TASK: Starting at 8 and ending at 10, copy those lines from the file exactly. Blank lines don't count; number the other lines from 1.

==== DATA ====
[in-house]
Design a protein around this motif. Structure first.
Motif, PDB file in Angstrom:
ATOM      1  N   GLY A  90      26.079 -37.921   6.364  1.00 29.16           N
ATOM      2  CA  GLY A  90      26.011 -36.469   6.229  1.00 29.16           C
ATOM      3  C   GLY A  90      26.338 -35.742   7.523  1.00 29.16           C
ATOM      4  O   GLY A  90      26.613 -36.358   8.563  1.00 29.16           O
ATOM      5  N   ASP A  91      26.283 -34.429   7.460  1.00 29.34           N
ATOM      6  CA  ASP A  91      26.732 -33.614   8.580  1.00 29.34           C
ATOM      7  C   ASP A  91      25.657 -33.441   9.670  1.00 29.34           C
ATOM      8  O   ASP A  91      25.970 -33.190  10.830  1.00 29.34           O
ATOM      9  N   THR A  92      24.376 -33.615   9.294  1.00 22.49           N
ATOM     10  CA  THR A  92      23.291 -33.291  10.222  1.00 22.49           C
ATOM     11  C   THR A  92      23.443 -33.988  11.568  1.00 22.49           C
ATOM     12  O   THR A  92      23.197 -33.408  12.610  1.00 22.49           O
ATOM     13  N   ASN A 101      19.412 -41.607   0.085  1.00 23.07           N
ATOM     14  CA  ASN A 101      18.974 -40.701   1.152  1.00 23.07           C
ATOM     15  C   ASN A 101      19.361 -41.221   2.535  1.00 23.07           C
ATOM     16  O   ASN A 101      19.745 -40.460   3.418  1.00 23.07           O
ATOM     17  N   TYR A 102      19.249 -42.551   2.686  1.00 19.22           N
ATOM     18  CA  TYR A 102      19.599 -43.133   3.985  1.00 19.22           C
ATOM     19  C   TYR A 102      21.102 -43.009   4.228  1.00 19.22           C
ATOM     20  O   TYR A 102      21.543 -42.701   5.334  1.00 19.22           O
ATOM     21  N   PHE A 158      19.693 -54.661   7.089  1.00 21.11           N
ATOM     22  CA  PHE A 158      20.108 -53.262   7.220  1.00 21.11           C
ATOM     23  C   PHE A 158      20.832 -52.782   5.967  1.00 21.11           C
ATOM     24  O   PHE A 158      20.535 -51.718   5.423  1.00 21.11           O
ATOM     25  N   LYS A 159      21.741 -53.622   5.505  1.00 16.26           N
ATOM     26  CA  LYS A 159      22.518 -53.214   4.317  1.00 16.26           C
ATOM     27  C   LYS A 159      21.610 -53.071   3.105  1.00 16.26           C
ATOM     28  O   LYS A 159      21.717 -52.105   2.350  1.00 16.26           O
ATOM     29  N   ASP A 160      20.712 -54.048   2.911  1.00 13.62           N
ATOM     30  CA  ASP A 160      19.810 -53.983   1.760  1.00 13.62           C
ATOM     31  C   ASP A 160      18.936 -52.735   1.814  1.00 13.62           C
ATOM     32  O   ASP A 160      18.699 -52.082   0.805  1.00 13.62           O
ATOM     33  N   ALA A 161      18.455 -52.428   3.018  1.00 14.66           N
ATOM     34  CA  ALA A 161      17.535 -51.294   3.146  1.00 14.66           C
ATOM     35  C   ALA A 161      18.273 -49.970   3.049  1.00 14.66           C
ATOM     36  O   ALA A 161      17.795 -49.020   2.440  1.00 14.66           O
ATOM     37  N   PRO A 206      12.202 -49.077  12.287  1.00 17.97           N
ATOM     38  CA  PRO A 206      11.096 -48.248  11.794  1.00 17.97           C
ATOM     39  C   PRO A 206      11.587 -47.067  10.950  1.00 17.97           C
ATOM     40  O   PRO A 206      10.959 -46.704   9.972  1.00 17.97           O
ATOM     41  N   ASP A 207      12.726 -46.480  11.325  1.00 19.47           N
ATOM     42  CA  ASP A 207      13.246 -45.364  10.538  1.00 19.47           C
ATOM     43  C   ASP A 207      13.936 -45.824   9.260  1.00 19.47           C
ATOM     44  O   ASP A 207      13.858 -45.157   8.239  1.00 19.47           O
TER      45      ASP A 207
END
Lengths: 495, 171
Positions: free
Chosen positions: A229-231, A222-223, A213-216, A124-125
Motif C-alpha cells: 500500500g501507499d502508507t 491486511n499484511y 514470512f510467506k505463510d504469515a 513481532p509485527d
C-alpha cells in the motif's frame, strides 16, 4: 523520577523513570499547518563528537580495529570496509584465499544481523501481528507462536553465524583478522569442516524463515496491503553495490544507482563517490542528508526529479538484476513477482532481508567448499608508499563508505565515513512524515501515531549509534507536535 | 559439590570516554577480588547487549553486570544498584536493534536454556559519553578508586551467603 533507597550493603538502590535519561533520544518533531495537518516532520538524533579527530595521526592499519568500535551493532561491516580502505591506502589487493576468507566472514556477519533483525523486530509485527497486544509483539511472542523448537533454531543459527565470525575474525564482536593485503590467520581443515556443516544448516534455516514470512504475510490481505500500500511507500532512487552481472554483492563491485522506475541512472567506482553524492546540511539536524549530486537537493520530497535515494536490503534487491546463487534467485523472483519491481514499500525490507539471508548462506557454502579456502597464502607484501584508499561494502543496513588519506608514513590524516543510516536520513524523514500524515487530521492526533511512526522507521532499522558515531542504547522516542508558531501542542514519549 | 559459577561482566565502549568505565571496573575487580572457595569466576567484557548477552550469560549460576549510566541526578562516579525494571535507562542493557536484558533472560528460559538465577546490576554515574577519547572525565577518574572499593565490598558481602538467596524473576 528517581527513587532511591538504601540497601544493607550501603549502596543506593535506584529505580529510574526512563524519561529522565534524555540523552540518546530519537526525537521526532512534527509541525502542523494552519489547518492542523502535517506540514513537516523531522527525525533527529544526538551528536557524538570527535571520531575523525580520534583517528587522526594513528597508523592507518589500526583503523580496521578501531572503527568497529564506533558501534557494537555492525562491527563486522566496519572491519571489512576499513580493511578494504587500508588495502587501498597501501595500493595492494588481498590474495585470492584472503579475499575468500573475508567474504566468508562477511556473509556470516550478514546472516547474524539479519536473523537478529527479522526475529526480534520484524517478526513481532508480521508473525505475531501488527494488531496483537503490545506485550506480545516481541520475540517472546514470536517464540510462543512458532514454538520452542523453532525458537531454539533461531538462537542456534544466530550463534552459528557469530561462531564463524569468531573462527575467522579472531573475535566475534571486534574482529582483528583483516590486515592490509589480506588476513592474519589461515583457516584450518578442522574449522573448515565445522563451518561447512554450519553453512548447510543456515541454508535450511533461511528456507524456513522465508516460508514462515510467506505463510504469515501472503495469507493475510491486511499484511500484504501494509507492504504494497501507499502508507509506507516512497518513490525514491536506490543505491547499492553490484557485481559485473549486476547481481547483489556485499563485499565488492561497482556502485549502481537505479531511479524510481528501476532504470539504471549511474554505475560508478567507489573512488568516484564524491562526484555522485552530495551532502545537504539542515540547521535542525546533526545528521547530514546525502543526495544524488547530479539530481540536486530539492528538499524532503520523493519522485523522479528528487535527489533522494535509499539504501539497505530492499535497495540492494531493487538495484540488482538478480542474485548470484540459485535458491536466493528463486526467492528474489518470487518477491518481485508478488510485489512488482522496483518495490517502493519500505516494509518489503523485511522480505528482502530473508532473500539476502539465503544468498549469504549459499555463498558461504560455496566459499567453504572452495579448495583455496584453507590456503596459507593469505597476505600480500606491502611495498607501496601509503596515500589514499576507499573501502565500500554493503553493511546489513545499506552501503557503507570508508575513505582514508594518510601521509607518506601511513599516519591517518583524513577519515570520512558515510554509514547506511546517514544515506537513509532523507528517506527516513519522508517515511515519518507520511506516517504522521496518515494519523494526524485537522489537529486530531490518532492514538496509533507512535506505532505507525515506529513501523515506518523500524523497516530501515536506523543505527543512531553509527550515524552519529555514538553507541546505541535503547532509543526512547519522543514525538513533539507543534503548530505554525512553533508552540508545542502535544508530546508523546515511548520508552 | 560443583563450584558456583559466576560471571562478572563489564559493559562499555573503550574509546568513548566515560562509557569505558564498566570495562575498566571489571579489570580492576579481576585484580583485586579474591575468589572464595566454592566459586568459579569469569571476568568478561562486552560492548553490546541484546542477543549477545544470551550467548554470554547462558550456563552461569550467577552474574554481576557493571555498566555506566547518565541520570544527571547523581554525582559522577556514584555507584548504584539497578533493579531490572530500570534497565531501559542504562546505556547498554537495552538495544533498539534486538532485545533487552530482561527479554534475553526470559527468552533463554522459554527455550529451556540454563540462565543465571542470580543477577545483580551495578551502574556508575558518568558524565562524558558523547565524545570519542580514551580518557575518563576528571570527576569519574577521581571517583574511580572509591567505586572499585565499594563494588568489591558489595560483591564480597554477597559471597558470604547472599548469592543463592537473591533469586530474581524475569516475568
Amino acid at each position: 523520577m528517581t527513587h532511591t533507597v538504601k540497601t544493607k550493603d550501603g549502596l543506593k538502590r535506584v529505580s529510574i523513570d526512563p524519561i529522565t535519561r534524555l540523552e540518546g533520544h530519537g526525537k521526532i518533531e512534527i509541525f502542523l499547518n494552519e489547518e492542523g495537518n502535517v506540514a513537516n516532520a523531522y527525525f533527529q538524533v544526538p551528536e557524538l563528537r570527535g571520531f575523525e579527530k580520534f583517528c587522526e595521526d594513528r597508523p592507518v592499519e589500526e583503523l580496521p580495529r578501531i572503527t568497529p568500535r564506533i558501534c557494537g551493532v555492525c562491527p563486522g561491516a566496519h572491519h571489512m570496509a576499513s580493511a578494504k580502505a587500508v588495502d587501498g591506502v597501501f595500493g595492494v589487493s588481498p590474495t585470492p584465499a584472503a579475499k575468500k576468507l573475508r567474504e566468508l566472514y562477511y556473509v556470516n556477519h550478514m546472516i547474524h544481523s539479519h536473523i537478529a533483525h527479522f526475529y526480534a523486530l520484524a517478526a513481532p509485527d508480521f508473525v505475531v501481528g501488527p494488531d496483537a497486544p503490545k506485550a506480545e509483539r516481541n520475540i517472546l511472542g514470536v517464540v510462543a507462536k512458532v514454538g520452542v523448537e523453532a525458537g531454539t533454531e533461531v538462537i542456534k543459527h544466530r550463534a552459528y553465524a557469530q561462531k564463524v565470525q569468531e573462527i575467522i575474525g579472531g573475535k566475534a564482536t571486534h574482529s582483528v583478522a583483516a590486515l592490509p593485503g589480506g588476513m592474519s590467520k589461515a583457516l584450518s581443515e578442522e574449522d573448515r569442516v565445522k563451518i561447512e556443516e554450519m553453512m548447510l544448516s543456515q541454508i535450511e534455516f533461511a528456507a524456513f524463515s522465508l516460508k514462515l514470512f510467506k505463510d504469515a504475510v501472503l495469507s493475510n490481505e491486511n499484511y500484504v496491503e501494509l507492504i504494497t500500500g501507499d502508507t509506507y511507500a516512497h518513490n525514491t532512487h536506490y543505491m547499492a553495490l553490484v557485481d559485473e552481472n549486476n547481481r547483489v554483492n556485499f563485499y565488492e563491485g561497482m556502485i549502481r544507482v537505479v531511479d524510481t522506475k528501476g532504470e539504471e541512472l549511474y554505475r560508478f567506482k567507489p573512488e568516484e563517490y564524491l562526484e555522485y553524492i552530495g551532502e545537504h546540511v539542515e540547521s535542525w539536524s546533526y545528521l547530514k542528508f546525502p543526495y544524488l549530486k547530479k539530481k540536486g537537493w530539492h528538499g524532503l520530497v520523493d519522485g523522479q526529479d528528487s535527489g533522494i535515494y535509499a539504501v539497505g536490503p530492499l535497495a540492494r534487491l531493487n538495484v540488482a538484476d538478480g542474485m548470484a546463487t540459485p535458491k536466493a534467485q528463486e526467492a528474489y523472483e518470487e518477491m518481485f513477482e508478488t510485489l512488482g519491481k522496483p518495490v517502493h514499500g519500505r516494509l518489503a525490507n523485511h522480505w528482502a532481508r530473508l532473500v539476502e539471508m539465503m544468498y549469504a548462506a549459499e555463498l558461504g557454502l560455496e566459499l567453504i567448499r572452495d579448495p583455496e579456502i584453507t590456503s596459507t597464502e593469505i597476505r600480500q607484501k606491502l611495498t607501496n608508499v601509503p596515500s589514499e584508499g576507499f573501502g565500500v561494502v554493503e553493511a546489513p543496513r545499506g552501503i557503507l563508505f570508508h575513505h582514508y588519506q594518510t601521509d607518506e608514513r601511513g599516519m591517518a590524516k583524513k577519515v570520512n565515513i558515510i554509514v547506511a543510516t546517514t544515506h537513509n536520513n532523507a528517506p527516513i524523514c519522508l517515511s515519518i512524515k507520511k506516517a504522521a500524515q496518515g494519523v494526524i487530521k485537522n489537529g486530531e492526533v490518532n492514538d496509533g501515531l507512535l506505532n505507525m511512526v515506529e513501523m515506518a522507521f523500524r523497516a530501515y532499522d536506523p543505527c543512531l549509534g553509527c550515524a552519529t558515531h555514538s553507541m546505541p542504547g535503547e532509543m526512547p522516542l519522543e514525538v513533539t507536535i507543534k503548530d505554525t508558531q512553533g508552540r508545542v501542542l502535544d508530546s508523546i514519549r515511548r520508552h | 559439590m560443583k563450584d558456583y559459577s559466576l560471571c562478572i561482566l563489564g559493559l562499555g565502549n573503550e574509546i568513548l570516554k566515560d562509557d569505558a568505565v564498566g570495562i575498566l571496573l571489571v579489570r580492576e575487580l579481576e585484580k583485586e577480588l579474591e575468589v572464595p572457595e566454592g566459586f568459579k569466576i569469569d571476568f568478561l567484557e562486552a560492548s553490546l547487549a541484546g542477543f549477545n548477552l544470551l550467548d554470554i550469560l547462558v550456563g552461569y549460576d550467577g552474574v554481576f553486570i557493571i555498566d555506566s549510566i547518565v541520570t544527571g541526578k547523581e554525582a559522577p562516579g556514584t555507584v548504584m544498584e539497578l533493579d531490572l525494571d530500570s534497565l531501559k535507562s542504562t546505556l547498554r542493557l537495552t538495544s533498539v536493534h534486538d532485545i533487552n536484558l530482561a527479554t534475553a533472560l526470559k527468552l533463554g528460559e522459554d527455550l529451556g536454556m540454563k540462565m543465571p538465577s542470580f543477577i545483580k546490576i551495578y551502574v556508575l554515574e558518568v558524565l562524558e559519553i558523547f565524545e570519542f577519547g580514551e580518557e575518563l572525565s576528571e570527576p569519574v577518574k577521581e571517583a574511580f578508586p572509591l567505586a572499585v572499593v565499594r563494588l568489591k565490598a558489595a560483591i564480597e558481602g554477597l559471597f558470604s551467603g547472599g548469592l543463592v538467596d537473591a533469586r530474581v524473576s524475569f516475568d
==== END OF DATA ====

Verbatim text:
ATOM      5  N   ASP A  91      26.283 -34.429   7.460  1.00 29.34           N
ATOM      6  CA  ASP A  91      26.732 -33.614   8.580  1.00 29.34           C
ATOM      7  C   ASP A  91      25.657 -33.441   9.670  1.00 29.34           C